While Jesus stressed that honor of God takes precedence over other relationships, he clearly upheld the commandment to honor parents:

He [Jesus] answered them, “And why do you break the commandment of God for the sake of your tradition? For God commanded, ‘Honor your father and your mother,’ and, ‘Whoever reviles father or mother must surely die.’ But you say, ‘If anyone tells his father or his mother, “What you would have gained from me is given to God,” he need not honor his father.’ So for the sake of your tradition you have made void the word of God. (Matthew 15:3–6)

Even in his death, Jesus demonstrated a very practical concern for family. The Gospel author John, an eyewitness to the crucifixion, recounts the event:

When Jesus saw his mother and the disciple whom he loved standing nearby, he said to his mother,”Woman, behold, your son!” Then he said to the disciple, “Behold, your mother!” And from that hour the disciple took her to his own home. (John 19:25–27)

When it comes to care and honor of family, it is a straight line from Moses to Jesus to Bubbe’s retirement home.

On Tuesday the rabbi phoned his mother.

Jewish Core Value: Lashon Hara

The Hebrew translates to “evil tongue,” in other words, gossip and “bad-mouthing” others. “You shall not go around as a slanderer among your people,” says Leviticus 19:16. The Book of Proverbs states,

Whoever belittles his neighbor lacks sense, but a man of understanding remains silent. Whoever goes about slandering reveals secrets, but he who is trustworthy in spirit keeps a thing covered.” (Proverbs 11:12–13).

Again the New Testament reflects Jewish ethical values.

Those who consider themselves religious and yet do not keep a tight rein on their tongues deceive themselves, and their religion is worthless” (James 1:26).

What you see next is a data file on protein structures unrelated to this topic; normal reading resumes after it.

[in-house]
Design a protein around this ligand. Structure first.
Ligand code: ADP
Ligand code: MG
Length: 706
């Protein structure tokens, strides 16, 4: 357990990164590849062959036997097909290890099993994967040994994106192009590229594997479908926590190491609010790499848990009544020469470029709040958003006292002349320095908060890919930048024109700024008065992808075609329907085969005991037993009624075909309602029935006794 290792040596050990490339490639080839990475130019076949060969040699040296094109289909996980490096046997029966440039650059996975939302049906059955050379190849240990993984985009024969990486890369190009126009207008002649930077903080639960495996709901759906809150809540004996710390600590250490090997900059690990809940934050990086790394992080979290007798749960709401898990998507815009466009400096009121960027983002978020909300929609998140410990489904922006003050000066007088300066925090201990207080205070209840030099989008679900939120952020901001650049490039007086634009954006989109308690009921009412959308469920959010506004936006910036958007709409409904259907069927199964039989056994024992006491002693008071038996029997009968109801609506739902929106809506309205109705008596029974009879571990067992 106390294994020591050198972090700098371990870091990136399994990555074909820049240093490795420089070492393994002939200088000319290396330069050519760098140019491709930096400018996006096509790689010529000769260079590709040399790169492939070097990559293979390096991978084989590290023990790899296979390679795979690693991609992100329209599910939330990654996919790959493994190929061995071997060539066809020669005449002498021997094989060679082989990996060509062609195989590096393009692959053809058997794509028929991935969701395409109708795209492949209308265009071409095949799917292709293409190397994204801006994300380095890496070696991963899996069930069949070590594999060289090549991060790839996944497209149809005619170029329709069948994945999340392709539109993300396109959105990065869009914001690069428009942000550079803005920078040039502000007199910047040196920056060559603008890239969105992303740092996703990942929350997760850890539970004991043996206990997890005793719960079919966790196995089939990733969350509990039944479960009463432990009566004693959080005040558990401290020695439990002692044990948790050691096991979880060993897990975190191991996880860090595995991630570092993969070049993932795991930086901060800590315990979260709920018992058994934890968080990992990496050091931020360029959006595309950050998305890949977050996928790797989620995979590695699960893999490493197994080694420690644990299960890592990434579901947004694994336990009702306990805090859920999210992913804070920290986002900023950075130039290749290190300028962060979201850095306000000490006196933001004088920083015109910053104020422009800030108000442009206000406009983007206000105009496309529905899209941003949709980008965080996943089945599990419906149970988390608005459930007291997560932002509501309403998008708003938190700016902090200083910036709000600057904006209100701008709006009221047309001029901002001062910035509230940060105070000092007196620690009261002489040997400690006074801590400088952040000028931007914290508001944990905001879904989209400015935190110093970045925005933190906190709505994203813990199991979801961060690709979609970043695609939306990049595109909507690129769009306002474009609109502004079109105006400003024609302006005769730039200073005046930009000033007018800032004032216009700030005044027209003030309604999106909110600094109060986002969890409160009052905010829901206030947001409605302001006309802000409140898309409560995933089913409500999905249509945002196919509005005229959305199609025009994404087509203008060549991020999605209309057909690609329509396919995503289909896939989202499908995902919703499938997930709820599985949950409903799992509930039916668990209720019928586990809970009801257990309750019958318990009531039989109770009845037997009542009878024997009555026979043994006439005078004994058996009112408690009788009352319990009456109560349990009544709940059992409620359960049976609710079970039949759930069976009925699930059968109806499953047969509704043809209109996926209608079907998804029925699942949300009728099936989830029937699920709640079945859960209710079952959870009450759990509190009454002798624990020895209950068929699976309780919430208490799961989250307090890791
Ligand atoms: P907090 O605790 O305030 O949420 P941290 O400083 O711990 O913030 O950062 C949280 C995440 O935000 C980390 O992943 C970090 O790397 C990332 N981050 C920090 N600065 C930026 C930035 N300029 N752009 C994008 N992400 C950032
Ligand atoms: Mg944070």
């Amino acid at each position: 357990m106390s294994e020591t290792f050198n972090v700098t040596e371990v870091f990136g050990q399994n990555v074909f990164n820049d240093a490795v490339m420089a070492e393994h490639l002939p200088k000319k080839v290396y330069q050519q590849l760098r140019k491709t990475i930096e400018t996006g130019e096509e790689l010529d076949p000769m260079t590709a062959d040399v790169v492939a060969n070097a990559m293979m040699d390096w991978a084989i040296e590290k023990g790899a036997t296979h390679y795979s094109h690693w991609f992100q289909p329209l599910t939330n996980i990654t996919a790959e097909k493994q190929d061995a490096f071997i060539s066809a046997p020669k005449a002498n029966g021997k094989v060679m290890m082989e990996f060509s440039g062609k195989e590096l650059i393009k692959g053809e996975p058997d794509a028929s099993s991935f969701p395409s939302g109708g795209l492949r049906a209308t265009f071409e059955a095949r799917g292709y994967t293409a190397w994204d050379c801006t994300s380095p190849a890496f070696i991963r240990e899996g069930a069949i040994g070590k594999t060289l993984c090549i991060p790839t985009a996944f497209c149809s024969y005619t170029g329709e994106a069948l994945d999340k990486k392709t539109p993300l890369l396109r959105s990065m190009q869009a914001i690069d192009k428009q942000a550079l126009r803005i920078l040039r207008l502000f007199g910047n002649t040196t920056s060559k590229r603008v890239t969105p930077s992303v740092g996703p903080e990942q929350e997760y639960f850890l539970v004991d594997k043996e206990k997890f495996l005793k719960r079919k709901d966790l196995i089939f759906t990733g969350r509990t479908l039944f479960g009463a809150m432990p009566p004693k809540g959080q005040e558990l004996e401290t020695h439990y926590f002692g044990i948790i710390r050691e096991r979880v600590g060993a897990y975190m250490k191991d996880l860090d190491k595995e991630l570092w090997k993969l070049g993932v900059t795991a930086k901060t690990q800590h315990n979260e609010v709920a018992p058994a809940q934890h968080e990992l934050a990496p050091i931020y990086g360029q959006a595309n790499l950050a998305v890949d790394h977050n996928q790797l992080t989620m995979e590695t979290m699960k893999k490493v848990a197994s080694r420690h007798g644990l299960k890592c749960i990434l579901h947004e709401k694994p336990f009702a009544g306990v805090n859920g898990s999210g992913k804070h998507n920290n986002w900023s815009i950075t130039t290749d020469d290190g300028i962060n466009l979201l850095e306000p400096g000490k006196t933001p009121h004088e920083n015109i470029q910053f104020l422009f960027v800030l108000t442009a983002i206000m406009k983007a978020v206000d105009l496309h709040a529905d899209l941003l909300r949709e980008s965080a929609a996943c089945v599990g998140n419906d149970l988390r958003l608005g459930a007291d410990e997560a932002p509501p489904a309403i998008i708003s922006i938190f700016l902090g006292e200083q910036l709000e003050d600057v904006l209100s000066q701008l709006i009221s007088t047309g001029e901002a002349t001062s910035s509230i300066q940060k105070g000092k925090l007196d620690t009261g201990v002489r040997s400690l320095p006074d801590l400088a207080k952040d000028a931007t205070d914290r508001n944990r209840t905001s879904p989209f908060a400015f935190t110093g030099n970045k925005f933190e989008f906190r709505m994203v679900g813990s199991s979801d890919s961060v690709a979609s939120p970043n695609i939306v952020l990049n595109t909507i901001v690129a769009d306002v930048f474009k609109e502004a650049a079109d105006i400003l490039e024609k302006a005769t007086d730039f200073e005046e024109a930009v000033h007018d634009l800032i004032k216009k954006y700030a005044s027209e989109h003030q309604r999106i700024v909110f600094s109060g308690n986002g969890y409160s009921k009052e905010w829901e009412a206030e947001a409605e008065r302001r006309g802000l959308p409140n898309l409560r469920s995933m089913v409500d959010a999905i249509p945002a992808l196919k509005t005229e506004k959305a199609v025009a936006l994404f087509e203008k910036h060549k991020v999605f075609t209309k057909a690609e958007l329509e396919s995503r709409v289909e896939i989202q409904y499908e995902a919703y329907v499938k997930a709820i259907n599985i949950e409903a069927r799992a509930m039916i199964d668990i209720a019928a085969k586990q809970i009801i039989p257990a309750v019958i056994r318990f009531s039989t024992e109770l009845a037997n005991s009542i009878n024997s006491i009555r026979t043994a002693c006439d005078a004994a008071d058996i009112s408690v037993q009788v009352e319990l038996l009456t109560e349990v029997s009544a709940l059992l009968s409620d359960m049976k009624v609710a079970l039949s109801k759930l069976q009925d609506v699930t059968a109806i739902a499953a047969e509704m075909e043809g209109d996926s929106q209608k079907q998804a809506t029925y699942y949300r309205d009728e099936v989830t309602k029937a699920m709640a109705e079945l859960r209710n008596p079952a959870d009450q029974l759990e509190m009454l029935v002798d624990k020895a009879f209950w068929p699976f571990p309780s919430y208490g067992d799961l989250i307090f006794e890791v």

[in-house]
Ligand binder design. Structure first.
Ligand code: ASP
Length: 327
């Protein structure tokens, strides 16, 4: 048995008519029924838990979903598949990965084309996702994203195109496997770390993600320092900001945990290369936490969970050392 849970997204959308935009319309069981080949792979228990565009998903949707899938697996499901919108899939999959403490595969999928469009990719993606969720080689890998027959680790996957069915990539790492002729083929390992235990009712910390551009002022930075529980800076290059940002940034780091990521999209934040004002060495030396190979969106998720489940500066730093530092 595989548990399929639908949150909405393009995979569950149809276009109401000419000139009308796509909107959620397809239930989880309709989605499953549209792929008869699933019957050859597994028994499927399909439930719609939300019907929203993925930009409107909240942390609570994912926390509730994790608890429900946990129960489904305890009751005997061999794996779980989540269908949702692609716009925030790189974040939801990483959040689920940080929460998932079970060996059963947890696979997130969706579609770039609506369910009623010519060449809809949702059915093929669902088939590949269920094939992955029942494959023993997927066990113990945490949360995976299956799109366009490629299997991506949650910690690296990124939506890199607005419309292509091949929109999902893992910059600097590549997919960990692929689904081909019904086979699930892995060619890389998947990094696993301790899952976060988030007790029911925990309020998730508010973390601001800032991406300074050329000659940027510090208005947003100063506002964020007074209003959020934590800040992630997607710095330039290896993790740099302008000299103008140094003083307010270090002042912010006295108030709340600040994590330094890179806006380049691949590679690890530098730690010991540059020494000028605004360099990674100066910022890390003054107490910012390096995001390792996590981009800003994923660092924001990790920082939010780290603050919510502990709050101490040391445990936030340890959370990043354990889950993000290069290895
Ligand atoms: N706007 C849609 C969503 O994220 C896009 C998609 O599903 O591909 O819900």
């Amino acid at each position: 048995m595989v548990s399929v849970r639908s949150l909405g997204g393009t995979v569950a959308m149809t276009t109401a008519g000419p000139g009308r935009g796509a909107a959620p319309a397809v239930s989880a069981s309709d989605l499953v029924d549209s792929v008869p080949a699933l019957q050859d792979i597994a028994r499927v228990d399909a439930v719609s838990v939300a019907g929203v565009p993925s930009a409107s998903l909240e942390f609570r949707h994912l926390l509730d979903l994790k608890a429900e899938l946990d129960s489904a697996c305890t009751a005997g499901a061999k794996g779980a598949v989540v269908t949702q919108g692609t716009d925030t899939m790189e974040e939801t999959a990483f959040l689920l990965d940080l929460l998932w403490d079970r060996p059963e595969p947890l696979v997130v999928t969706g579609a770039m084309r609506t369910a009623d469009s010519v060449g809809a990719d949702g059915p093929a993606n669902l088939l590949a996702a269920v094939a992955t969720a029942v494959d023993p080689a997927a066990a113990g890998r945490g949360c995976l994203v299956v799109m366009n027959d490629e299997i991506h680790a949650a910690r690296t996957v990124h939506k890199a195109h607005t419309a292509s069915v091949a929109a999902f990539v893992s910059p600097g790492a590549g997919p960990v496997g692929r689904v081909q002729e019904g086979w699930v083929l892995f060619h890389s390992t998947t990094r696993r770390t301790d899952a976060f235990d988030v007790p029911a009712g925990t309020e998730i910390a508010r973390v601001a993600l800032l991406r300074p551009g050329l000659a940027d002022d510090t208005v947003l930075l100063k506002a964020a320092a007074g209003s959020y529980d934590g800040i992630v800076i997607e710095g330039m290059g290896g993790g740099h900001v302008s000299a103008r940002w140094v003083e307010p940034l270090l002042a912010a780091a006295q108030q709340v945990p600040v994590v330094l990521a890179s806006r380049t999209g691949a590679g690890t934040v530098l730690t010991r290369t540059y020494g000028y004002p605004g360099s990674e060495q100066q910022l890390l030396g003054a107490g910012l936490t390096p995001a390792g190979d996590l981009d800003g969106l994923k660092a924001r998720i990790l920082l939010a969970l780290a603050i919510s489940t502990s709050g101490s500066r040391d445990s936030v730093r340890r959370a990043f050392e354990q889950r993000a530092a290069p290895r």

And Jesus said, “I tell you, on the day of judgment people will give account for every careless word they speak” (Matthew 12:36).

Jewish Core Value: Tikkun Olam

Perhaps the core value best known in the Jewish community today is that of tikkun olam. Literally meaning, “repair of the world,” the phrase has come to symbolize involvement in social issues, whether it be feeding the poor, volunteering in one’s neighborhood or caring for the environment.

After Cain killed Abel, the Lord asked Cain, “Where is Abel your brother?” “I do not know,” Cain lied, and then added, with cynical arrogance, ‘Am I my brother’s keeper?'” (Genesis 4:9).

The Hebrew Scriptures affirm throughout that we are our brother’s and sister’s keeper: “Love your neighbor as yourself” (Leviticus 19:18). Jesus said that this was the second most important commandment (next to loving God). [ 7 ]

Doing tikkun olam was programmatic for Jesus. One of Jesus’ followers, James, remarks:

If a brother or sister is poorly clothed and lacking in daily food, and one of you says to them, ‘Go in peace, be warmed and filled,’ without giving them the things needed for the body, what good is that? So also faith by itself, if it does not have works, is dead” (James 2:15–17).

Referring in context to how acts of tikkun olam to others become acts of tikkun olam to him as well, Jesus says:

For I was hungry and you gave me food, I was thirsty and you gave me drink, I was a stranger and you welcomed me, I was naked and you clothed me, I was sick and you visited me, I was in prison and you came to me.” (Matthew 25:35–36).

Something New

The old approach of portraying the New Testament as a book for gentiles has given way to the new paradigm of acknowledging that it is Jewish through and through. The New Testament is not antithetical to Jewish faith, nor is it an example of “been there, done that.” It sets its essential Jewishness within a framework that says: A new perspective on our ancient truth has arrived for the Jewish people – in Jesus – and for non-Jews as well.

Those who have never read the New Testament owe it to themselves to do so. Not only is it a book every educated person should know about, it is a book that anyone who cares about Jewish values should explore.

On Saturday the rabbi read the New Testament.


  1. Kemelman, Harry, Tuesday the Rabbi Saw Red (New York: Arthur Fields Books, Inc., 1974), p. 177.
  2. Ibid, p. 178.
  3. Ibid.
  4. Ibid., p. 176.
  5. Some translations say “fear” or “be in awe of.”
  6. For more, see
  7. Matthew 22:37–39


Rich Robinson | San Francisco

Scholar in Residence, Missionary

Rich has been on staff since 1978. He has served at several Jews for Jesus branches and was a pianist and songwriter with their music team, the Liberated Wailing Wall. He is now at the San Francisco headquarters, where he conducts research, writes and edits as the senior researcher. He is author of the books Christ in the Sabbath and The Day Jesus Did Tikkun Olam: Jewish Values and the New Testament, and co-author of Christ in the Feast of Pentecost. Rich received his M.Div. from Trinity Evangelical Divinity School in 1978 and a Ph.D. in Biblical Studies and Hermeneutics from Westminster Theological Seminary in 1993.